After the success of the first kombucha brew, I decided that it would make sense to brew the kombucha continuously. This basically means that you have a larger batch going in a container with a spigot so the drink can be removed without disturbing the scoby. I decided to use the Anchor Hocking 2 gallon Heritage Hill jar (mostly because I like how it looks). So far it is working quite well with no leaks and the plastic spigot won’t react with the kombucha. I made sure to clean the container thoroughly and rinse the inside with a vinegar-water solution before adding the kombucha mix.
Ingredients for 2 gallon setup:
28 cups water
2 cups starter tea left over from last batch
2 cups sugar (I used coconut palm sugar)
16 tea bags (I used organic green tea)
Be sure when adding the first batch of tea to your container, don’t add hot water directly as it could cause the glass to break. You could add 10 or so cups of cold water or tea to the container first before adding the warmer tea to help ease the temperature change. Allow the tea to cool to a much more lukewarm temperature before adding your scoby as the hot water won’t be good for the scoby either. When adding replacement liquid for later batches, make sure the sugar-tea mix has cooled to room temperature before pouring over the scoby.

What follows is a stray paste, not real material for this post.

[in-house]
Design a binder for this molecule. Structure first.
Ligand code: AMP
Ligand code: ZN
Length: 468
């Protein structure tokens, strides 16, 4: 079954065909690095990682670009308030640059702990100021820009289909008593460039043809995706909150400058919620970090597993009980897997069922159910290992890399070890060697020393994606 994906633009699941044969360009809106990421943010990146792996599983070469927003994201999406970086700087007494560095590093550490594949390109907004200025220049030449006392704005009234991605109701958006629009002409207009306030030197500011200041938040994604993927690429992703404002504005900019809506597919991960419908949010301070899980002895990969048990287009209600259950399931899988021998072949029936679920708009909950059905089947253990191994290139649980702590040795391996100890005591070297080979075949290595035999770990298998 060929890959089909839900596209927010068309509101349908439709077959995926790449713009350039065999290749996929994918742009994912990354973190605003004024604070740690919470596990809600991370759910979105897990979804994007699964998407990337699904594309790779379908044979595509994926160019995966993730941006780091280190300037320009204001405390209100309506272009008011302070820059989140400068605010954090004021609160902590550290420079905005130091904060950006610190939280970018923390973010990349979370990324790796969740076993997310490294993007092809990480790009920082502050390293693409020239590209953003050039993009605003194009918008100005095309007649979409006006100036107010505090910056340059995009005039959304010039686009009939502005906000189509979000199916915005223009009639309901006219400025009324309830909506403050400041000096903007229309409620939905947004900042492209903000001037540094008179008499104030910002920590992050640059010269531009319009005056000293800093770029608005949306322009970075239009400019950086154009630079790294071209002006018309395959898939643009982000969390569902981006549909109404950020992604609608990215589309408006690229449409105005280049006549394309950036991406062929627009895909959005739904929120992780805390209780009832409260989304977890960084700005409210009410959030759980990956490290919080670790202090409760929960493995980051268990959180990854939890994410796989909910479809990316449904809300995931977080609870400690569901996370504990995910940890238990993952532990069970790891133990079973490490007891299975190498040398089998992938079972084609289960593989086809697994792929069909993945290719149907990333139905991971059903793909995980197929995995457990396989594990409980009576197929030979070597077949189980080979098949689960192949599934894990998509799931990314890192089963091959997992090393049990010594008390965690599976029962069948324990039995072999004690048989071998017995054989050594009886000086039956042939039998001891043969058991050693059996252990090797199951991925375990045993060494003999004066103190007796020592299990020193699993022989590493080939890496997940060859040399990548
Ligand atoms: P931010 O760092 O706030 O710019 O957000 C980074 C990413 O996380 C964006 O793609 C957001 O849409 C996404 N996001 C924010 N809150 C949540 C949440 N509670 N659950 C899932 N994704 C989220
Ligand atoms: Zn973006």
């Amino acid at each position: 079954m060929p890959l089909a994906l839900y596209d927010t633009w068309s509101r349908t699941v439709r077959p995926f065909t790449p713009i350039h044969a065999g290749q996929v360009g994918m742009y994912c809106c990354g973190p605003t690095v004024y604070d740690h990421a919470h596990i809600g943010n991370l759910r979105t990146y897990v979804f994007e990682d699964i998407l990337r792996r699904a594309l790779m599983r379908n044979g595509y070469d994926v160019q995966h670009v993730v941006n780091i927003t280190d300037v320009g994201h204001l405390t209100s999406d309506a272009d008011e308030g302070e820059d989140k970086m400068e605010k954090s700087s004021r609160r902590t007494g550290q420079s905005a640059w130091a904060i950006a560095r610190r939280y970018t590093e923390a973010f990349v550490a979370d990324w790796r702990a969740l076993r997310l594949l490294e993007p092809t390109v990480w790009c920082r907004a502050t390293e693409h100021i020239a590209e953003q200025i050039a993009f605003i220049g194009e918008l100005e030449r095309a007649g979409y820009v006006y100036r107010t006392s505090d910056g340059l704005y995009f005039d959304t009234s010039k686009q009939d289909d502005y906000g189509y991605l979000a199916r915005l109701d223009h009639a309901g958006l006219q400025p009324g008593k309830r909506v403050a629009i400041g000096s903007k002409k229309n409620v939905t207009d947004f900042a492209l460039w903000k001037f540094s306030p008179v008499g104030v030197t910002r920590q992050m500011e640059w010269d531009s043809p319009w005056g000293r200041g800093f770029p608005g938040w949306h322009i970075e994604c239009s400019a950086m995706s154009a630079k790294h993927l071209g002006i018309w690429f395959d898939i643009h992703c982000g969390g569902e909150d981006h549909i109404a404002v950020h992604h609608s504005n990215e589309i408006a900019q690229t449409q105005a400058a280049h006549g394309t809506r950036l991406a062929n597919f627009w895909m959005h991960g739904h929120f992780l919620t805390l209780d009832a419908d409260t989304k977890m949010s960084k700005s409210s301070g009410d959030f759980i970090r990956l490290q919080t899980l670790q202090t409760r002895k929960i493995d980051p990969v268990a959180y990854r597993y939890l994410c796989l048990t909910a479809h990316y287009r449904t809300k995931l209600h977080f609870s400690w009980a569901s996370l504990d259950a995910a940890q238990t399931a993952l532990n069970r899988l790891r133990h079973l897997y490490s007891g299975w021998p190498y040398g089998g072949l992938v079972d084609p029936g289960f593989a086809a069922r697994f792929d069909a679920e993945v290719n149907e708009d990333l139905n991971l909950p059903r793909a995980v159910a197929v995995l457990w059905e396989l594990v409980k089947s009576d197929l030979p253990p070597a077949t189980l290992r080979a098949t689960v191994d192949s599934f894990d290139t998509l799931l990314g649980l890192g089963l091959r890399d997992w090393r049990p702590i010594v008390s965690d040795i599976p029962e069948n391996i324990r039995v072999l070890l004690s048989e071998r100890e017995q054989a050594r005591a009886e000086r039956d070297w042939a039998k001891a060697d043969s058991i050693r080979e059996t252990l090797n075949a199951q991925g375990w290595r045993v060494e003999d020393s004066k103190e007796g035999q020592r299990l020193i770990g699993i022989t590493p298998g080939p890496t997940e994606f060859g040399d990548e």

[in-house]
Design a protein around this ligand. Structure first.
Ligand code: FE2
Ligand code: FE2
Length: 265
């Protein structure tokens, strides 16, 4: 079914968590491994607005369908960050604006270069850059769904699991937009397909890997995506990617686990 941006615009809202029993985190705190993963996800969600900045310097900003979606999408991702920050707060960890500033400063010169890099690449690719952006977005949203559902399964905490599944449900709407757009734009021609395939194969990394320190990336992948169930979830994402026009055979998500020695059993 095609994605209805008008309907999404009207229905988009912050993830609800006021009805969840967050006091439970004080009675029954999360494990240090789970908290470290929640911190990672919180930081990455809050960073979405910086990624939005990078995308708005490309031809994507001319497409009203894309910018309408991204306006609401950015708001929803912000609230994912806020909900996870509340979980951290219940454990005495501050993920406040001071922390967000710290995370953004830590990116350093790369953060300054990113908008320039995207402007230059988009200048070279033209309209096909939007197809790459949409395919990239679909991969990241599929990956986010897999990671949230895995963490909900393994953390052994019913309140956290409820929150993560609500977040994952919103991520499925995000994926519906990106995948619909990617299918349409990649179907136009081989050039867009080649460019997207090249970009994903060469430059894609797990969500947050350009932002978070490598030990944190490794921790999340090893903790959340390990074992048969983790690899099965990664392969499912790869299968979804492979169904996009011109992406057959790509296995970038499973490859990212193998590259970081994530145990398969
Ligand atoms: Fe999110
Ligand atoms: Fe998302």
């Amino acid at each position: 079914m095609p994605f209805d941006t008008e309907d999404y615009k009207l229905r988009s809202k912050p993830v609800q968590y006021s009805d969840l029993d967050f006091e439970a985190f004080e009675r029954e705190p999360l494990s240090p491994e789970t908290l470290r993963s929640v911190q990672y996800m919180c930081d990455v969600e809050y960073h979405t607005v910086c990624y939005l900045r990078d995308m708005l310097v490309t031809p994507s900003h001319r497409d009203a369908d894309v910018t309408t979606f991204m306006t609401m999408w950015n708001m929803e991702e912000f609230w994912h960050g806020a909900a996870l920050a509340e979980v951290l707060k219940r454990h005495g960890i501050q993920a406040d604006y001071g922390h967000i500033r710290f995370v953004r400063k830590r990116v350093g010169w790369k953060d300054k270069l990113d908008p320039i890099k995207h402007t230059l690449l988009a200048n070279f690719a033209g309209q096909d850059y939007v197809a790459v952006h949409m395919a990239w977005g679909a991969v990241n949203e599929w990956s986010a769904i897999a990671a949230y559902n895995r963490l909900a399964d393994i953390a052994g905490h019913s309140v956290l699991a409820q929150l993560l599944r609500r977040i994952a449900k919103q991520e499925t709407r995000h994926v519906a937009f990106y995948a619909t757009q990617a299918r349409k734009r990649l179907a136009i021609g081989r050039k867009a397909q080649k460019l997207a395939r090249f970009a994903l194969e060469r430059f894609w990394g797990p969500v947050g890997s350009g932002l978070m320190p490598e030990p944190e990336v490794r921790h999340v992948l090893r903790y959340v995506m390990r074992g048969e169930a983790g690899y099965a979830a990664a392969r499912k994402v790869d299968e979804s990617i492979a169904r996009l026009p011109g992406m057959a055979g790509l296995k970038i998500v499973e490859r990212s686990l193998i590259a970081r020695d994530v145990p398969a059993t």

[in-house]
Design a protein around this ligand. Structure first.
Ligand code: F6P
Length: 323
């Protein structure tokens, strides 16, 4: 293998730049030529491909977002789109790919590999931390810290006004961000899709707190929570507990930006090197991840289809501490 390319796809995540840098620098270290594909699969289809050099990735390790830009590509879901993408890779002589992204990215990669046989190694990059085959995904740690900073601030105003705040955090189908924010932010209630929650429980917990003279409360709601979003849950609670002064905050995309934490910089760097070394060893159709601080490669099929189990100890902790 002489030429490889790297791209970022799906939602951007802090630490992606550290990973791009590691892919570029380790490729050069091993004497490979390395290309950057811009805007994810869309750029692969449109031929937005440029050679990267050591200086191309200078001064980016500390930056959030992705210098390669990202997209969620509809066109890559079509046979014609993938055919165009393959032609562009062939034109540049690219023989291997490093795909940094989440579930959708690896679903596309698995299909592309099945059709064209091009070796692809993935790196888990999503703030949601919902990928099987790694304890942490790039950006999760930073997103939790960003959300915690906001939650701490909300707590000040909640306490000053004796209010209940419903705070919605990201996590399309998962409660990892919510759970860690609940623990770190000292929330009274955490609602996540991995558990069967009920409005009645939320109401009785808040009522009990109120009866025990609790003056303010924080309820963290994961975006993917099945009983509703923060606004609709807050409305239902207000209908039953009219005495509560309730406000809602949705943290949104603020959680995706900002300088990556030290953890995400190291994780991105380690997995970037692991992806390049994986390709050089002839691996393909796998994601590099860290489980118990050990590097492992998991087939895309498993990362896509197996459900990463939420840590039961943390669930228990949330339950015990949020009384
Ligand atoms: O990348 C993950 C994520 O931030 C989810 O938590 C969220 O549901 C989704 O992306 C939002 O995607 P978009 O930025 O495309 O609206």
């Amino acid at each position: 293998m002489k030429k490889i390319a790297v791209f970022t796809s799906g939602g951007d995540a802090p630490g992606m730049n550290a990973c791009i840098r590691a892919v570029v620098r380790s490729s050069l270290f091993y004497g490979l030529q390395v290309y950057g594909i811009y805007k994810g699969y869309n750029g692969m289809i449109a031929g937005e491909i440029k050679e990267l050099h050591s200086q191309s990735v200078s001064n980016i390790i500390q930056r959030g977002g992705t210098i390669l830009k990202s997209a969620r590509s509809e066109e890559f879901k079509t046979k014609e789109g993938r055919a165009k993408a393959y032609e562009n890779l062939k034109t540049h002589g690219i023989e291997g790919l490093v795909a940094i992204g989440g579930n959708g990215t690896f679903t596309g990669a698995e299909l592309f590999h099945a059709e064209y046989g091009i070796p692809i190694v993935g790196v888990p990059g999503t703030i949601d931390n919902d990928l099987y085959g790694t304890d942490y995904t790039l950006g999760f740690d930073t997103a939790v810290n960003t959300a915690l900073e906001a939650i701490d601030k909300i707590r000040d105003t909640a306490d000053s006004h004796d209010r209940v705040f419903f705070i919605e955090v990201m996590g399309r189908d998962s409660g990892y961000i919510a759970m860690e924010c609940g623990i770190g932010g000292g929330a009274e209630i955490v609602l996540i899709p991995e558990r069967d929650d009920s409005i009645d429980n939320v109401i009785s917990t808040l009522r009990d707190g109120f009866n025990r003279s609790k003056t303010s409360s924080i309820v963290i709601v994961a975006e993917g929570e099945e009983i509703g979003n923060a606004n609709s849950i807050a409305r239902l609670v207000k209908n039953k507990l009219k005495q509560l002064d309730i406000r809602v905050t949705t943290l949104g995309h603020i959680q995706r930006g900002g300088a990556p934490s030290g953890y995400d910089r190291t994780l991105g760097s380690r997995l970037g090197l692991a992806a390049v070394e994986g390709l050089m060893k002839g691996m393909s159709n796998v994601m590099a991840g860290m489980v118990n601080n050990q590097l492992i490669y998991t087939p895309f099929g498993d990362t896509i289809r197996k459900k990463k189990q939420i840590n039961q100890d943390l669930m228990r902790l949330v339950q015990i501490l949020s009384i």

While some people will continuously take the kombucha directly from the container at varying times throughout the fermentation process, I plan to remove what I intend to drink during the 2 week fermentation process and leave the rest in the jar. Even though I used palm sugar in place of white sugar, I still don’t want to add any extra sugar into my system than necessary.
Visit http://www.culturesforhealth.com/kombucha-continuous-brewing-system for additional continuous kombucha brewing tips and recipes for other sized batches.
2 large organic red peppers
1 package mixed mushrooms
1 package shiitake mushrooms
1 cup cooked quinoa
1 cup organic pico de gallo salsa
Salt and pepper to taste
Wash the peppers and slice along their natural grooves to form cups. Remove any seeds (save and dry for your garden) and set aside. Place the mushrooms into a skillet coated with coconut or olive oil and cook well. Add in the quinoa and salsa and cook until warm. Mix all the stuffing ingredients well and stuff into the peppers. Serves 2.
Kombucha made with palm sugar does indeed have a slightly more sour taste than kombucha made with cane sugar, but in my opinion it tastes quite good. I chose to use the palm sugar purely for its health benefits and am happy I stuck with that decision in the end. Now I just need to start the next batch and order a larger container to make this in. To make your own kombucha, you can use our recipe here: http://liskabora.com/kombucha-tea-recipe/
8 cups water
2 cups dried split peas
2 onions, diced
2 stalks celery
1 sweet potato
1 clove garlic
1/4 cup green onions, diced
2 tbsp lemon juice
1 tbsp smoked paprika
salt and pepper to taste.